For Sugiyama Dojo & Commute

by Brian Robinson

For Sugiyama Dojo

Impressive voices press the neighbors walls
suppress spirits and depress the fallen,
those signature screams,
streaming from open oven vents.
Time only temporal, formal in that space,
you train children
then older children
in kaeshi men, kaeshi dou,
kurikaeshi.

The lotus you float in the stone vase
beside the staircase
can tell the future.
Colors for seasons, both natural and human,
hot and cold, firecrackers sizzling, fizzling out
from each marriage to each death.
But we will keep fighting
ourselves
and each other,
returning men, returning dou,
kurikaeshi,
over and over.

Kouhai and senpai pass by,
sensei will be born and die,
just lotus circles floating in our stone
world of work and waiting warriors.
And all the nothingness, the numbness,
those delicate moments of mokusou,
are simply sublime.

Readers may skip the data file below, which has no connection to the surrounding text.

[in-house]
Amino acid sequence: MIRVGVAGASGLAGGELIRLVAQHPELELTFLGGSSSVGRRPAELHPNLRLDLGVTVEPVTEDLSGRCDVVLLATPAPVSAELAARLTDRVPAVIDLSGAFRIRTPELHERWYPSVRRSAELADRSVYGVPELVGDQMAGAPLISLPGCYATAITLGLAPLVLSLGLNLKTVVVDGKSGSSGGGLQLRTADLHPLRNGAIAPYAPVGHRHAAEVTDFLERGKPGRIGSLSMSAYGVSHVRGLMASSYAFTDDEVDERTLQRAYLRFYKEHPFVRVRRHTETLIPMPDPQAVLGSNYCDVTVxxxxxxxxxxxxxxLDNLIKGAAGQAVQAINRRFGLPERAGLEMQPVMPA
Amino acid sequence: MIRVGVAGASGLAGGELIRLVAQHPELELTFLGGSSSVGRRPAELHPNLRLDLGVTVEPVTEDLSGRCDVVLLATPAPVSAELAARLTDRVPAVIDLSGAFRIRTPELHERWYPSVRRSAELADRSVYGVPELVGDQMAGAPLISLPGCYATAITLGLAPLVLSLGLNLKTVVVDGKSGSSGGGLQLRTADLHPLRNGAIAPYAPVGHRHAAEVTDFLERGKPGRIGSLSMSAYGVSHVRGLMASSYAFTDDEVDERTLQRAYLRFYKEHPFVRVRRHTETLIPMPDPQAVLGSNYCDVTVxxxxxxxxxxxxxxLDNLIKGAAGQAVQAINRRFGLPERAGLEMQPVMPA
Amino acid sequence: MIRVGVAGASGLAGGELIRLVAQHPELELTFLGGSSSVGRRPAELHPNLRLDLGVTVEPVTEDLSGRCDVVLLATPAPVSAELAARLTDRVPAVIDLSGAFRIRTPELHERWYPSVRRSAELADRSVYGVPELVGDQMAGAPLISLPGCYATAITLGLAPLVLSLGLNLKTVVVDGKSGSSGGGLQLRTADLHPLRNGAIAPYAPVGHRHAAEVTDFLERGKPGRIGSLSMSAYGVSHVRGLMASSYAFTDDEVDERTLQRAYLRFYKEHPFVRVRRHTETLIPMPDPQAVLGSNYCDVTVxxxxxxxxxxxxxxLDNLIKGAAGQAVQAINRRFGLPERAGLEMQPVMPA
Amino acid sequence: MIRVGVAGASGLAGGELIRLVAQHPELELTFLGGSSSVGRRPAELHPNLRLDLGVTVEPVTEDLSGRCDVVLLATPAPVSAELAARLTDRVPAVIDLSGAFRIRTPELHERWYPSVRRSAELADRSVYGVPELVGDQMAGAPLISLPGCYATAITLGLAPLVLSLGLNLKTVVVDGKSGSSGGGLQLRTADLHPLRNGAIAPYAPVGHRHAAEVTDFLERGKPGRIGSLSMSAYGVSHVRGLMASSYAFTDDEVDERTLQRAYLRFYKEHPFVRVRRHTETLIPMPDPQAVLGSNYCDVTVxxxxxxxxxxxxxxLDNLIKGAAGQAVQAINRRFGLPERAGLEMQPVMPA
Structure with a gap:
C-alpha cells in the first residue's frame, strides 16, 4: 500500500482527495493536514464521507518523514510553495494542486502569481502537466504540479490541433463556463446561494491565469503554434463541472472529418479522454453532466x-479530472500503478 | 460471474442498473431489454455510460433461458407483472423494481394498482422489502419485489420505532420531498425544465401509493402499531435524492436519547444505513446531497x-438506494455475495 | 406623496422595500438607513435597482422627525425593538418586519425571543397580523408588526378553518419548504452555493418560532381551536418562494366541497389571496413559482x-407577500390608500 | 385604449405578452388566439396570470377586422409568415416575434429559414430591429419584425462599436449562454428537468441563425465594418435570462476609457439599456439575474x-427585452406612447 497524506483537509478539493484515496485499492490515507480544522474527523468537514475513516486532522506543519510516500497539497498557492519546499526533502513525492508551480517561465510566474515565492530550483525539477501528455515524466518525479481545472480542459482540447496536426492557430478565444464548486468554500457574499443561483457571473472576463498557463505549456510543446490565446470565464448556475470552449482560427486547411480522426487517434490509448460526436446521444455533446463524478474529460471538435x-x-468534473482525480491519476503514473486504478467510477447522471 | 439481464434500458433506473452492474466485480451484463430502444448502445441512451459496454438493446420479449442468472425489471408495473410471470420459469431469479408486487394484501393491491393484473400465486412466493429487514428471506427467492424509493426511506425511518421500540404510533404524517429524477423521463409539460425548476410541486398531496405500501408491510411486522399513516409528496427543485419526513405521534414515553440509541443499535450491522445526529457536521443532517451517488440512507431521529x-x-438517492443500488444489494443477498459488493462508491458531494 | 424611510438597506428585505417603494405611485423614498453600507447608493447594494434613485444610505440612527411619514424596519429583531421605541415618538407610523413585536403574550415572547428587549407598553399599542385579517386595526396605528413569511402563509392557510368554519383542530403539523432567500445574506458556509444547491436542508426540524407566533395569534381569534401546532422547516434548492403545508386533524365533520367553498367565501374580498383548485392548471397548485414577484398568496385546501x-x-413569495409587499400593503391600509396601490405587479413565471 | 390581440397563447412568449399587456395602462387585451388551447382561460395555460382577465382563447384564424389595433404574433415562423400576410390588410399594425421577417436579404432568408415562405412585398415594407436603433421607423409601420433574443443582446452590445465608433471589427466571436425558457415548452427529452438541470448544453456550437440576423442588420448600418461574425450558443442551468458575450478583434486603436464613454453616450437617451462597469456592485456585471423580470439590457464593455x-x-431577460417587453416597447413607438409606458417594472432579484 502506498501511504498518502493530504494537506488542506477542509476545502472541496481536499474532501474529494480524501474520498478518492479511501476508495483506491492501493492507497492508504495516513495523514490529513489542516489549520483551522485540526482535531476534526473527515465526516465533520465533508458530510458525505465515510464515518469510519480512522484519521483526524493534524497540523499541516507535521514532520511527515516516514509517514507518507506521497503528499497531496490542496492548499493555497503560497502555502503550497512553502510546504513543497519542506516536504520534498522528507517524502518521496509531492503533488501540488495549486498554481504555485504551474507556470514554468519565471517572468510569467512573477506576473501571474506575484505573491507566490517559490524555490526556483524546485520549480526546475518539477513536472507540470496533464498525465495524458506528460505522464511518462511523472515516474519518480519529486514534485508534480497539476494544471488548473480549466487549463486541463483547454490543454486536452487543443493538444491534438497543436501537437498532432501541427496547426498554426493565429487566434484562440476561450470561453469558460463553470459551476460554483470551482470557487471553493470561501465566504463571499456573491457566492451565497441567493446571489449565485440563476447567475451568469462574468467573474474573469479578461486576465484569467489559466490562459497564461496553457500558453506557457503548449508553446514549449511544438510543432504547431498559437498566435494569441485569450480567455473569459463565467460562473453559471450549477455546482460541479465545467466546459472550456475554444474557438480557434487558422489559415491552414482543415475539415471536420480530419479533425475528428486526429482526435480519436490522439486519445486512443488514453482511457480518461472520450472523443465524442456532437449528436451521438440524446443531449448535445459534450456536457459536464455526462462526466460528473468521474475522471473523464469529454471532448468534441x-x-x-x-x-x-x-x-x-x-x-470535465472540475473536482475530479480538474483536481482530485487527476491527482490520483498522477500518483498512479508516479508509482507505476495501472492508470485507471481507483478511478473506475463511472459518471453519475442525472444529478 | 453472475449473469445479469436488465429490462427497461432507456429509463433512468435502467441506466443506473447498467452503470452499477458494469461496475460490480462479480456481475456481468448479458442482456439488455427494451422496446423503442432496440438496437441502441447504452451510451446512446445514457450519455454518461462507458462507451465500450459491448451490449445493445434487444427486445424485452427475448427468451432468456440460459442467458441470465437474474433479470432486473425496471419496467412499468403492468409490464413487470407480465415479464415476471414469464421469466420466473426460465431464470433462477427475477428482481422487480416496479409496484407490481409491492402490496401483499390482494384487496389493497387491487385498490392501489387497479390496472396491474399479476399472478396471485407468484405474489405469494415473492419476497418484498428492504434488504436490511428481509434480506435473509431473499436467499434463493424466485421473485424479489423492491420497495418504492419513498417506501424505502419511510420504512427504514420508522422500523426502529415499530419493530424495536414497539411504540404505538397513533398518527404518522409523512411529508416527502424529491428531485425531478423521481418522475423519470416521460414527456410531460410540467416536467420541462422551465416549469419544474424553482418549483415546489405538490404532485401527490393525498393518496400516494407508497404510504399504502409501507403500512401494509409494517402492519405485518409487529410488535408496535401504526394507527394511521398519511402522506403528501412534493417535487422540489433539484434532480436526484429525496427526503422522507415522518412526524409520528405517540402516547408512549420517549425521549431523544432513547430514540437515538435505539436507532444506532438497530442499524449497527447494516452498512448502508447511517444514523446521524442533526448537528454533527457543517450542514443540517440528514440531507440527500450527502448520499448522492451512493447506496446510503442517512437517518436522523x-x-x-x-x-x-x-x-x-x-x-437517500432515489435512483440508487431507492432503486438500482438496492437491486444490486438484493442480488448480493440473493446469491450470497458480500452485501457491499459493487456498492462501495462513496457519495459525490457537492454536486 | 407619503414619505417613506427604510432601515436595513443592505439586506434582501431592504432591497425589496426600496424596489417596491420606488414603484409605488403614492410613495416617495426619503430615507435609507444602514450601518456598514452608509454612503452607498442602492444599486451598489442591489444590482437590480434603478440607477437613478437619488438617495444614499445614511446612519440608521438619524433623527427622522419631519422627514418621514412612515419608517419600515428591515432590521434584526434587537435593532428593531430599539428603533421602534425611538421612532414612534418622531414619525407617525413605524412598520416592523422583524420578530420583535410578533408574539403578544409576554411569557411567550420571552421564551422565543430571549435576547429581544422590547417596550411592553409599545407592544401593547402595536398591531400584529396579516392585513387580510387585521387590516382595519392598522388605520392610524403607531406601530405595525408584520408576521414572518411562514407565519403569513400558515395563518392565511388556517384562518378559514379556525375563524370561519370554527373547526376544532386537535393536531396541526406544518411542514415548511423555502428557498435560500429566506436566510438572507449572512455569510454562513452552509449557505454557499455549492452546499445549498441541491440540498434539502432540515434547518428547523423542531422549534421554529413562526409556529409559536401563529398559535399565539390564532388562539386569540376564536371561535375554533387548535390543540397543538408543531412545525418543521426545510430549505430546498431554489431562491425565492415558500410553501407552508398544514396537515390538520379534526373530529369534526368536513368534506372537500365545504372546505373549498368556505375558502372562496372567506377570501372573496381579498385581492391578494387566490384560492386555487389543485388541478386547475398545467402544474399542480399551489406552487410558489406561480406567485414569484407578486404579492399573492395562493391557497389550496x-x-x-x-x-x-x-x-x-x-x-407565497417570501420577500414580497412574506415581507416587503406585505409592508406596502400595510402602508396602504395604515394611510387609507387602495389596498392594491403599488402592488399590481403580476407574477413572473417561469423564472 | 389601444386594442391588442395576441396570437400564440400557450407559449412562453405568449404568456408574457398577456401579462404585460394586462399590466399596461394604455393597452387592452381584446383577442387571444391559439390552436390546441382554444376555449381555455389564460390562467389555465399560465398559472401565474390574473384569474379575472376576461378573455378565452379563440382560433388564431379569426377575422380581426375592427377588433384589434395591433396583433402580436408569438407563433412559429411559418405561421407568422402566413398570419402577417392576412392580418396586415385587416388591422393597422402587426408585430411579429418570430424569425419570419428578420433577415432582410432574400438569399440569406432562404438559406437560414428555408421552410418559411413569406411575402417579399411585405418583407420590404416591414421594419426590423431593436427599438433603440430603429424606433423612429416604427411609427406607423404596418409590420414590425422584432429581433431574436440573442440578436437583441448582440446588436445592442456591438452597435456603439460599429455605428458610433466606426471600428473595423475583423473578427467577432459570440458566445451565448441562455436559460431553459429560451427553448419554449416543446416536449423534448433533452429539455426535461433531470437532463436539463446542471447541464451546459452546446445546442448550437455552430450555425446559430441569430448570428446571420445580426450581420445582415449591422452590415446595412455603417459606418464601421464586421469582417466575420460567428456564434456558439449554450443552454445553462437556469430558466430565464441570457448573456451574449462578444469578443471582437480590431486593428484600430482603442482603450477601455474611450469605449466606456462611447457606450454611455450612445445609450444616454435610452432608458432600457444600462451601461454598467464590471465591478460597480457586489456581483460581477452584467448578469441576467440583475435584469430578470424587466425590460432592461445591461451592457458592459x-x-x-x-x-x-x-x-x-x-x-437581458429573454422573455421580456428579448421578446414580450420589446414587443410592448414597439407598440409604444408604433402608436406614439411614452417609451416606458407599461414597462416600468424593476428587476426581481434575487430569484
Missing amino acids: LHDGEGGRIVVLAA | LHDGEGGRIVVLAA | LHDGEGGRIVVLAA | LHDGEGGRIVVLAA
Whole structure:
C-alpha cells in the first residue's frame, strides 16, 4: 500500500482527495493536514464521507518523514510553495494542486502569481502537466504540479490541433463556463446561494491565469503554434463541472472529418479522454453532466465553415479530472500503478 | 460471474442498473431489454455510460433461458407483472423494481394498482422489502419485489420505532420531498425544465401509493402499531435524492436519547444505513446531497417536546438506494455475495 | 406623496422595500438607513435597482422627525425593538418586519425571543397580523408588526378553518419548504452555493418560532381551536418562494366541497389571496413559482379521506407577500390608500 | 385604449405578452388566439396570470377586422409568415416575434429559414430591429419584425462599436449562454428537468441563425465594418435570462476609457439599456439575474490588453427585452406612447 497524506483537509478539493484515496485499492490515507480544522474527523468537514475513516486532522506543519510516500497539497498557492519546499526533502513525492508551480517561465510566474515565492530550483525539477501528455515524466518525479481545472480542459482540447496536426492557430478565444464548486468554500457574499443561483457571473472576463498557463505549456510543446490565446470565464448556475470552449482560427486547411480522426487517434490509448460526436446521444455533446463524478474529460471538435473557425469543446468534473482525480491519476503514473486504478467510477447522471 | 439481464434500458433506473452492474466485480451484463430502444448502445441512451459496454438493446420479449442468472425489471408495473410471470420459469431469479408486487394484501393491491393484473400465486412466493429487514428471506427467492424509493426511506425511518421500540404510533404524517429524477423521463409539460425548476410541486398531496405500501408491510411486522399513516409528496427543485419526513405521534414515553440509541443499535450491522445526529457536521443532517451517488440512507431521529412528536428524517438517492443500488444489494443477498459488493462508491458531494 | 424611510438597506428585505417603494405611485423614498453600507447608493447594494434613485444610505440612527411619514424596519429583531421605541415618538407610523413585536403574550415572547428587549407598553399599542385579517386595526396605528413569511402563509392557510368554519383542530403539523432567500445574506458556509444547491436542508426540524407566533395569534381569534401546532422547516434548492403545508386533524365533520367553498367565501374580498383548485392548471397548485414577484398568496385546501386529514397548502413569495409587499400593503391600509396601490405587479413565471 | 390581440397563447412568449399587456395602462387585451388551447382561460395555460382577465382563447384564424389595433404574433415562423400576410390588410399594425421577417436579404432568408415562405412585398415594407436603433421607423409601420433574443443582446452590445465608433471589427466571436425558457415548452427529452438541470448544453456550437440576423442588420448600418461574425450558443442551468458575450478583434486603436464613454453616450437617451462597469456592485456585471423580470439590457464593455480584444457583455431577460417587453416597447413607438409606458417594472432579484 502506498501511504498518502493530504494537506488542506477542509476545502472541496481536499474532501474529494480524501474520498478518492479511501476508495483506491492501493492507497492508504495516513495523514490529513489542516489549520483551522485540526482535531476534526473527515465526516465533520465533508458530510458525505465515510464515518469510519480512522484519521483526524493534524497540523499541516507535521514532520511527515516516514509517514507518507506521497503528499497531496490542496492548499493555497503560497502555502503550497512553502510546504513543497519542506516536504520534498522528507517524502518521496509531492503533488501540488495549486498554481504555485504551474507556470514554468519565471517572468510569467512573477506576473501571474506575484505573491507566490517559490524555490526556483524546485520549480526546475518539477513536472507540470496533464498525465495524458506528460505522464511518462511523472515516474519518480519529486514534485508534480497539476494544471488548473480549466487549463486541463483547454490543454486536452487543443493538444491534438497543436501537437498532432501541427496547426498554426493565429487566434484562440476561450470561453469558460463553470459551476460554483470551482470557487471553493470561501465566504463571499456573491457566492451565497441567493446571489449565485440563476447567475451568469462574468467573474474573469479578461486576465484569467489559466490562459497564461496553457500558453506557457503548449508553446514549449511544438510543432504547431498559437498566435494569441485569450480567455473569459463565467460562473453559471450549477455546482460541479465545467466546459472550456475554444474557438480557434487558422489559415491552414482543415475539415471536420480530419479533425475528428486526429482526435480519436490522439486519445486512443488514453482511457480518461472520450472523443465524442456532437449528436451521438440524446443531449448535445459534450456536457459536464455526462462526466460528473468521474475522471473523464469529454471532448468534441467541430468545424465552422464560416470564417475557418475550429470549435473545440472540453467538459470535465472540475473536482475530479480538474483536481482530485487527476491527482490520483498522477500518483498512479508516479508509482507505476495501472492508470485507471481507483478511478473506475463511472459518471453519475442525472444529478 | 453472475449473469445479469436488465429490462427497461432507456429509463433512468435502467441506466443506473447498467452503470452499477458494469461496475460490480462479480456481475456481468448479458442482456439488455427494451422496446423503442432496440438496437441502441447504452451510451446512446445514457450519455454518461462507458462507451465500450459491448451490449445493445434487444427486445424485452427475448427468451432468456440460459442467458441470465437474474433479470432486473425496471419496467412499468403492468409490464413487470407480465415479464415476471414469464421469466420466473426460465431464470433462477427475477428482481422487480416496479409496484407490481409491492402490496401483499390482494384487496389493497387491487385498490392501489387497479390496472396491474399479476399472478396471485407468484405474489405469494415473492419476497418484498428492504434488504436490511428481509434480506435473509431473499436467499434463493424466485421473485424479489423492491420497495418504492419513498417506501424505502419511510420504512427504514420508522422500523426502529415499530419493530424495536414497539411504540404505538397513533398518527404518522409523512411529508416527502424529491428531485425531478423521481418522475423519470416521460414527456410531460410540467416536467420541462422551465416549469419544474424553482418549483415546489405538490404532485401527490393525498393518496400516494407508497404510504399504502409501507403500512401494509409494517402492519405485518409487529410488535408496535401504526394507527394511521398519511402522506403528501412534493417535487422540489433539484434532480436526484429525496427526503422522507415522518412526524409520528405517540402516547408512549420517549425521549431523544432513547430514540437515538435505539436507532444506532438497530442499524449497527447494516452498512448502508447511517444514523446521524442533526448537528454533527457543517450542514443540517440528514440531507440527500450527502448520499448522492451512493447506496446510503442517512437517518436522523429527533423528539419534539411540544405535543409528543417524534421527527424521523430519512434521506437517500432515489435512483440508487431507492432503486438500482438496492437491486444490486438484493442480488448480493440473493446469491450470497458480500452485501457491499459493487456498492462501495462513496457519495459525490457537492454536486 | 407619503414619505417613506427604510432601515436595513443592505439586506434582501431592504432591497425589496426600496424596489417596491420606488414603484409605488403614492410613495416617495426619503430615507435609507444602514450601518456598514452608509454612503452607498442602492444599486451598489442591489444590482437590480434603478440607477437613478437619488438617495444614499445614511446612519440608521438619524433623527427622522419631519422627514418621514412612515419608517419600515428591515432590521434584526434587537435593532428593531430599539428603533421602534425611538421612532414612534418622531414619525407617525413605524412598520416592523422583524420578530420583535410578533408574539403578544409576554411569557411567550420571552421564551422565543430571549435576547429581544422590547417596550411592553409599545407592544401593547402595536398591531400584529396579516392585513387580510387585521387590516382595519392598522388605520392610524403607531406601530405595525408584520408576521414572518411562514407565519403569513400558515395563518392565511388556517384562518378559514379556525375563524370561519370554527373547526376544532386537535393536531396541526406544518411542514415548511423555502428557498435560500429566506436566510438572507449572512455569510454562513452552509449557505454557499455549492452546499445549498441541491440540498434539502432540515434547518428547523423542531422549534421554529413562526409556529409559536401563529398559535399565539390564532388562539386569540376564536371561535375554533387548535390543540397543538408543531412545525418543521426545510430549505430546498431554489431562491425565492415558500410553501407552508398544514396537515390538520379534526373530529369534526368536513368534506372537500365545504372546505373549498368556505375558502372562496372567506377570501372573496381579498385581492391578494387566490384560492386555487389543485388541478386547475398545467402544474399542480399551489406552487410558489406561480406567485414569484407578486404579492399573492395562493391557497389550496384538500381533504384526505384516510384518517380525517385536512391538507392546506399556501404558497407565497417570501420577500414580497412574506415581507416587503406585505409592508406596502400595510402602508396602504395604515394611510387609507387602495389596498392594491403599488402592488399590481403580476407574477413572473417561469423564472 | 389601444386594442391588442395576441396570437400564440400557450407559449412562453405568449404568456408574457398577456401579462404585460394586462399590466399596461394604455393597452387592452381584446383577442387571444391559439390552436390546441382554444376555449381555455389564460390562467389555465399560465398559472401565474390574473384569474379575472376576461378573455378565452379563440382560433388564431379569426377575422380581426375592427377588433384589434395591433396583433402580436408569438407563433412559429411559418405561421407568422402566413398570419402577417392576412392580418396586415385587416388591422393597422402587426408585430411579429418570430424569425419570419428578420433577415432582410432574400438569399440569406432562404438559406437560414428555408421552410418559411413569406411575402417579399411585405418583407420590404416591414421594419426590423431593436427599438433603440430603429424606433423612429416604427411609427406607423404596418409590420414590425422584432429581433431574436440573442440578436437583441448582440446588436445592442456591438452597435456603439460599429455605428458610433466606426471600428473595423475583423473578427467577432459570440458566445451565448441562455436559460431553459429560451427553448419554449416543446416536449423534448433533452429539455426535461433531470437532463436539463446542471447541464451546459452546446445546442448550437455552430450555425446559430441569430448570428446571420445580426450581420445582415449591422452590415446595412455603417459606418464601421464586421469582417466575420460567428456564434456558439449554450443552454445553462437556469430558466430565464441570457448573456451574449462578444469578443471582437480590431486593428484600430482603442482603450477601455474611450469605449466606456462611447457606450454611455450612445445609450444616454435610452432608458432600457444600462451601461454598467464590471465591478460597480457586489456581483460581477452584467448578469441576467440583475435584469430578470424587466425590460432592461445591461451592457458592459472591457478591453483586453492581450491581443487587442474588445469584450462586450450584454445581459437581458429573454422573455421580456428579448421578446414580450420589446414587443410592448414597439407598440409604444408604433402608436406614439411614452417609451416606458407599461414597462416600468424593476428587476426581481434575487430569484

Commute

Shared home in the deep red,
tired dead of a dying Sunday,
all the family gathers on the Tokyu line
racing east towards Ebisu,
some to stop and stay,
others to stay forever.
And a gaijin such as myself just cannot understand
how one can sleep so soundly, innocently,
as our living room drops
into shadow, unholy, concrete torii
and into the realm of frail, gray gods,
until the chariot stops,
pauses,
waits politely,
chillingly polite, silent, serene,
seeing Chester’s silhouetted smile
through the dark window into this wonderland.
None lose a wink of sleep, and I follow my hosts’ lead,
keeping my prayers to myself.

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